I feel like it’s a fair question. Is it possible to say that a thing is definitely, absolutely, unquestionably a good thing, and yet be unsatisfied by it? Or am I just being pedantic and focusing too much on the wrong parts of a thing? As I write this, I’m still not totally sure. One thing I am sure of, though, is that this vagueness in my comments needs to end. Let me set the stage a bit.
It was Thursday of this week, or yesterday if you’re reading this the day it posts, and as I often am, I was at school more than an hour early. I know, that’s insane, but I always worry that I’m forgetting something, and if I get to school early, then I can take care of what my little, neurotic self may have forgotten. Anyways, as is normal, I hadn’t forgotten anything, so I had a nice, leisurely start to my morning. Once everything was set up in the classroom, I opened up a new tab on my browser and went to scan through the top headlines. Normally, I get sucked in by various lists, sports rumors, and other inane time killers. This time, though, I saw something that really caught my eye. “Pope issues new rules mandating the reporting of sexual abuse to Church authorities.” Welp, Ok. I tend to have what I consider a semi-morbid curiosity about what the mainstream, secular media will have to say about Catholic leadership, and it’s become less semi- and more full on morbid as we Catholics have found ourselves learning about more and more scandals.
To CNN’s credit, the article itself was a good piece of reporting, laying out both what the announcement was and what it wasn’t. As a TL;DR summary: Every diocese in the world MUST develop and implement policies and protections for people to report suspicions of abuse to the Church hierarchy. Now, back to my original question. Can I acknowledge that this policy is a good thing, and at the same time be frustrated that the leadership of the Church isn’t also addressing other things? Because, I mean, come on, this policy is undeniably a good thing. I mean, I know some people are probably going to be frustrated that it doesn’t specify contacting local law enforcement, but they need to acknowledge that the Church universal can’t set specific requirements that will fit with worldwide variations in law enforcement. So, yeah, I am glad that every diocese will have a reporting process and protections for the people reporting.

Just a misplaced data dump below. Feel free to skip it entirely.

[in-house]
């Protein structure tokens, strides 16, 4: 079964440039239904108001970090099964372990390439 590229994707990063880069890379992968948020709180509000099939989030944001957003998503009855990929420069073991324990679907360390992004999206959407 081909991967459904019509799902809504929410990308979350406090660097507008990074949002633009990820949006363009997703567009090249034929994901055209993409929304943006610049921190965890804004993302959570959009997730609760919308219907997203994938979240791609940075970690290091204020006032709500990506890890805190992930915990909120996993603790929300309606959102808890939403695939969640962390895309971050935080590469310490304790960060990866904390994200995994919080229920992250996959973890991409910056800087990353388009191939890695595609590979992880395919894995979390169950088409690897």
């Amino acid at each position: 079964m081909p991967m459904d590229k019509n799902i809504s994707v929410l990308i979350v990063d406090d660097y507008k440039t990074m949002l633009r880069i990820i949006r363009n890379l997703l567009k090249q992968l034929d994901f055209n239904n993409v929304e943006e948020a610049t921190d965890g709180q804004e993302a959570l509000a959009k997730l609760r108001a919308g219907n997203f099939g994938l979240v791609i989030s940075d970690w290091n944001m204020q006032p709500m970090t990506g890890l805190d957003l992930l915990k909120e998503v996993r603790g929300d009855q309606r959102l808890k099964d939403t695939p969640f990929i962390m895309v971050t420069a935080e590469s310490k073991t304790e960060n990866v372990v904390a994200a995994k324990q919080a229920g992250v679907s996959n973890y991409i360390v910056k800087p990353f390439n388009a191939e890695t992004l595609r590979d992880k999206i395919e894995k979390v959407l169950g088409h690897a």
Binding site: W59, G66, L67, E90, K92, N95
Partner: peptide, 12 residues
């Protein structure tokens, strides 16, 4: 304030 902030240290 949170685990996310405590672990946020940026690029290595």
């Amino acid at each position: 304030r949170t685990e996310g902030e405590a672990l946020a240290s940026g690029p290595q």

And yet(I hate throwing an “and yet” in here, but again, this is where I’m at now), this still doesn’t address key parts of the scandals which rocked the Church in America this past summer. What about a system which protects seminarians, priests, and other adults who have been abused in what one EWTN pundit described as the Catholic “Me Too” movement? Yes, they are adults. Yes, they technically consented. Also, yes, they felt pressured to consent by a person in position of authority with influence over their ability to pursue their vocation.
I know there are reasons why I shouldn’t link the policy on one hand with the silence on the other. I know that the Church in America can’t hijack the conversation about what needs to happen in the Church Universal. I know that a step forward in the protection of minors is a thing worth celebration, and that protecting minors doesn’t mean we’re necessarily ignoring adults. I know all of this, but I still feel a slight, but deep seated frustration. I’m open to correction here. But, at the same time, I feel what I feel. A very real part of what I feel is a fear that many people will think that the Church addressing a scandal means they’ve addressed all the scandals. And that’s not something I can celebrate.